Cadence of Conflict: Asia, December 28, 2015

Cadence of Conflict: Asia, December 28, 2015

China steps up its game again. While companies won’t be required to give Beijing power to indiscriminately snoop the web, they are on notice to cooperate with coming procedures if they are asked. This time wasn’t the first, but it’s a little more clear, a little more friendly, and a little more toothy than the last.

Taiwan’s likely Presidential victor party, the DPP, has adopted a policy effectively outlawing the KMT-Nationalist party practice of owning for-profit businesses. The policy is wise by many measures, respect from the US and an even greater increase in voter support notwithstanding.

Since the US stepped up its own game, $1.8B to Taiwan, China is not happy.

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Cadence of Conflict: Asia, December 21, 2015

Cadence of Conflict: Asia, December 21, 2015

Tensions intensify in the China seas. Beijing knows it. Washington knows it. Everyone knows it.

Japan delayed a US cooperation step-up due to popularity issues. The Japanese public is tired of the US war machine in their back yard, however increasingly necessary Chinese patterns make such cooperation. Perhaps Japan suffers from US-imosed affluenza. Japan’s Diet is holding off until the public “figures out” that cooperation with the US is a good idea. Do they know something we don’t? What exactly is it that will happen to convince the Japanese voters to change their minds? The Diet seems to think that we’ll find out soon enough.

Taiwan’s historic election is fast approaching. Debate formats have been agreed to. The new likely party is recognizing progress from the sinking establishment. China’s answer to a new political power remains unknown.

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Cadence of Conflict: Asia, December 14, 2015

Cadence of Conflict: Asia, December 14, 2015

As elections push forward in Taiwan and Malaysia, China faces it’s own political issue: Military reform.

The report from Reuters demonstrates two things. Firstly, we see that China’s military does, in fact, need reform. This is evidenced by the 300k military jobs cut since September. With an obviously larger shakeup coming, it is clear that the change is necessary, given China’s implied military status quo.

Secondly, we learn that China needs to sell the need for reform to its own military, thereby implying that, while the reform is necessary, many remain yet to be convinced that it is.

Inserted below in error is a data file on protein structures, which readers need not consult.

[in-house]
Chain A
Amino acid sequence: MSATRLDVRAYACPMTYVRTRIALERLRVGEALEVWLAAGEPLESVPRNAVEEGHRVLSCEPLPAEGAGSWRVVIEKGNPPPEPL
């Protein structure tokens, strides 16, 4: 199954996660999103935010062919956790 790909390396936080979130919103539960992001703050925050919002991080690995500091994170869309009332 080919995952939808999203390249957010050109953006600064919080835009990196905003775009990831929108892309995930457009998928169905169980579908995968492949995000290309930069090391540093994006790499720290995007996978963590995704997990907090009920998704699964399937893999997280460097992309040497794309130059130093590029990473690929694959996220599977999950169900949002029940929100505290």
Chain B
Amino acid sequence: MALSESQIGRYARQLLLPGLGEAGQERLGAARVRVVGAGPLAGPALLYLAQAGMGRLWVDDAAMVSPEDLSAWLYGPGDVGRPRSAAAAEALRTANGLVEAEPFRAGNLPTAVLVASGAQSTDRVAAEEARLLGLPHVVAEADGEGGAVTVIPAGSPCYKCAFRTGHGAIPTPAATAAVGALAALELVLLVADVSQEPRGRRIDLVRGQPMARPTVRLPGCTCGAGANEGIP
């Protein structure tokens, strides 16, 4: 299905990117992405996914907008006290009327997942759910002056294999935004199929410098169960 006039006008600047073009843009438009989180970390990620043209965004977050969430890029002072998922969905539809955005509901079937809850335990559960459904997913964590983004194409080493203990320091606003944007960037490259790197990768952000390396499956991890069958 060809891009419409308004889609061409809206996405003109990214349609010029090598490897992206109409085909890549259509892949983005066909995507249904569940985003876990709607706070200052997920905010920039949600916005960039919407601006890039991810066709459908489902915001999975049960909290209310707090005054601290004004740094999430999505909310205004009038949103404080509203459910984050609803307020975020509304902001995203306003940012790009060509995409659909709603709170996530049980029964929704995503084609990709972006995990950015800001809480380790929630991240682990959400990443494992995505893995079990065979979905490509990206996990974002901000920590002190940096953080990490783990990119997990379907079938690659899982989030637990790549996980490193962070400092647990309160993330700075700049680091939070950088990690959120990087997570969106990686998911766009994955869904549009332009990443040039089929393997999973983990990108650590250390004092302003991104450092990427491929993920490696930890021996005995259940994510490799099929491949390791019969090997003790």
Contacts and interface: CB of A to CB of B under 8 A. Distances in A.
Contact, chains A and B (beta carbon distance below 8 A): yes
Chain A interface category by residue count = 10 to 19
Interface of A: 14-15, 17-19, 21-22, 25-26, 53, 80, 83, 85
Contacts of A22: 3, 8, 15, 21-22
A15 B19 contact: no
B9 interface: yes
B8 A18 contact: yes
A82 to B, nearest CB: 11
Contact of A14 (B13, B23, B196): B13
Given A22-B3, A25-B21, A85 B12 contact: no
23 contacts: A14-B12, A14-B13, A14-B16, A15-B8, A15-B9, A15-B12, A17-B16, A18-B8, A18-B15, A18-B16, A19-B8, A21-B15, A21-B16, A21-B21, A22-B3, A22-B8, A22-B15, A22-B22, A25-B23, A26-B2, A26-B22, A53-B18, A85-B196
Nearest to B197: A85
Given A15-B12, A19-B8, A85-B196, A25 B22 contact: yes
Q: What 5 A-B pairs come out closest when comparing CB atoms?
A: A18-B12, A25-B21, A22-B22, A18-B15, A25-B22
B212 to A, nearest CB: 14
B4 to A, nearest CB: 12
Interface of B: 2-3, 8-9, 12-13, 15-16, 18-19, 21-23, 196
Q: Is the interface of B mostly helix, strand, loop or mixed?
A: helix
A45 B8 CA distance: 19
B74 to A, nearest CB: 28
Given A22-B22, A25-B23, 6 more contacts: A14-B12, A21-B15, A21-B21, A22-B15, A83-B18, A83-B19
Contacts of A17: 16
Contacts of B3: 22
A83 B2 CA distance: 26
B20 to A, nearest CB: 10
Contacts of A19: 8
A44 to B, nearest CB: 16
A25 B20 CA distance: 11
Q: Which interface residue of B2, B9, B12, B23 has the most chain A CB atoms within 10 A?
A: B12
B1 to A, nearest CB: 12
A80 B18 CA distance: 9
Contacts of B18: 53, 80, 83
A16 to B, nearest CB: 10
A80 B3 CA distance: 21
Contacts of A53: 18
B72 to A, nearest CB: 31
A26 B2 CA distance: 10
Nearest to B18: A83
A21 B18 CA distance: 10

Generally speaking, growing assertiveness while implementing reform where there is no current invasion underway is typically an attempt to spread oneself too thin. This not only relates to the failing political establishment in Taiwan and Malaysia, but generic maritime strategy in the Pacific.

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Cadence of Conflict: Asia, December 7, 2015

Cadence of Conflict: Asia, December 7, 2015

A day which shall live in infamy.

While the world pauses to remember the day the US was provoked into entering WWII, the headlines paused over China the week before. All eyes, including Thailand’s, are on violence from the Mid East.

China and Taiwan swap spies. US and China swap hackers. China and Russia swap satellites. Reporters swap sympathies and memos. And everyone is supposed to think that there will be peace that lives alongside infamy. But that’s only for those who forget.

Though quietly at times, the Cadence marches on toward Pacific conflict.

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Cadence of Conflict: Asia, November 30, 2015

Cadence of Conflict: Asia, November 30, 2015

Strength against China grows. The people of Taiwan don’t hate China; they want friendship with China. This makes them stronger than people who want subordinates and acquisitions. Communist Beijing and pro-China-control Taipei seem out of touch.

Research consistently demonstrates that a sizable majority of Taiwanese identify themselves as quite distinct from China. The KMT-Nationalist establishment views national sentiment as a result of opposition party propaganda rather than the opposition party’s power being an expression of national sentiment. The Nationalists don’t seem to understand that their policies help their opposition more than any campaign strategy could.

China rejected the entry of the young Miss World Canada winner. She wanted to participate in the global contest in Hainan. She spoke out on Human Rights and was turned away at her connection terminal. This put her in the global spotlight. Yet, it is doubtful that Beijing will be able to recognize, let alone accept, the power they gave this young girl.  · · · →